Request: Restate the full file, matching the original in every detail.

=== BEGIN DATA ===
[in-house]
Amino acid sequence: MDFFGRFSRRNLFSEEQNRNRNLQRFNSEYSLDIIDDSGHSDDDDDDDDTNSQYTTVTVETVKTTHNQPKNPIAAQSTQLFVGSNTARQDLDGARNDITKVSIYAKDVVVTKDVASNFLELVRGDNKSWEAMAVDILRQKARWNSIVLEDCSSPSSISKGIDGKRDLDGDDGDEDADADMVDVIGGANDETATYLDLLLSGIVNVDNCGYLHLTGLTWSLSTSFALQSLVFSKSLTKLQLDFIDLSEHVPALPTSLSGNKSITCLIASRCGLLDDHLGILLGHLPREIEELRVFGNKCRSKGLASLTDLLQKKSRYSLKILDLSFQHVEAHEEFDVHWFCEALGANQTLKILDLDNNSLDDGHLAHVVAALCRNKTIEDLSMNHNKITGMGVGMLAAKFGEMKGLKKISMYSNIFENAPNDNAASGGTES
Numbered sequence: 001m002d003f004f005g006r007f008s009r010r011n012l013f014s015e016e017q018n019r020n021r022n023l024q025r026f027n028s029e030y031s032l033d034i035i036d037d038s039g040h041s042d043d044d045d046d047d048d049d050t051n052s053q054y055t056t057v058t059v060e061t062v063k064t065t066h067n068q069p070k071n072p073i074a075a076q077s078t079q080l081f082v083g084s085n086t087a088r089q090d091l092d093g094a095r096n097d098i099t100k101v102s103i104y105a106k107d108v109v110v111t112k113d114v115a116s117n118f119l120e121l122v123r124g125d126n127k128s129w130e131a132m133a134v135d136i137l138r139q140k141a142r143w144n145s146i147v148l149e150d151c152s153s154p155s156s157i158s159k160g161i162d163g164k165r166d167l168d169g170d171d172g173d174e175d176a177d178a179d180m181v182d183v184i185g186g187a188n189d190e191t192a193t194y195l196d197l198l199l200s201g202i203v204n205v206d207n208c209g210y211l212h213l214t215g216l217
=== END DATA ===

[in-house]
Amino acid sequence: MDFFGRFSRRNLFSEEQNRNRNLQRFNSEYSLDIIDDSGHSDDDDDDDDTNSQYTTVTVETVKTTHNQPKNPIAAQSTQLFVGSNTARQDLDGARNDITKVSIYAKDVVVTKDVASNFLELVRGDNKSWEAMAVDILRQKARWNSIVLEDCSSPSSISKGIDGKRDLDGDDGDEDADADMVDVIGGANDETATYLDLLLSGIVNVDNCGYLHLTGLTWSLSTSFALQSLVFSKSLTKLQLDFIDLSEHVPALPTSLSGNKSITCLIASRCGLLDDHLGILLGHLPREIEELRVFGNKCRSKGLASLTDLLQKKSRYSLKILDLSFQHVEAHEEFDVHWFCEALGANQTLKILDLDNNSLDDGHLAHVVAALCRNKTIEDLSMNHNKITGMGVGMLAAKFGEMKGLKKISMYSNIFENAPNDNAASGGTES
Numbered sequence: 001m002d003f004f005g006r007f008s009r010r011n012l013f014s015e016e017q018n019r020n021r022n023l024q025r026f027n028s029e030y031s032l033d034i035i036d037d038s039g040h041s042d043d044d045d046d047d048d049d050t051n052s053q054y055t056t057v058t059v060e061t062v063k064t065t066h067n068q069p070k071n072p073i074a075a076q077s078t079q080l081f082v083g084s085n086t087a088r089q090d091l092d093g094a095r096n097d098i099t100k101v102s103i104y105a106k107d108v109v110v111t112k113d114v115a116s117n118f119l120e121l122v123r124g125d126n127k128s129w130e131a132m133a134v135d136i137l138r139q140k141a142r143w144n145s146i147v148l149e150d151c152s153s154p155s156s157i158s159k160g161i162d163g164k165r166d167l168d169g170d171d172g173d174e175d176a177d178a179d180m181v182d183v184i185g186g187a188n189d190e191t192a193t194y195l196d197l198l199l200s201g202i203v204n205v206d207n208c209g210y211l212h213l214t215g216l217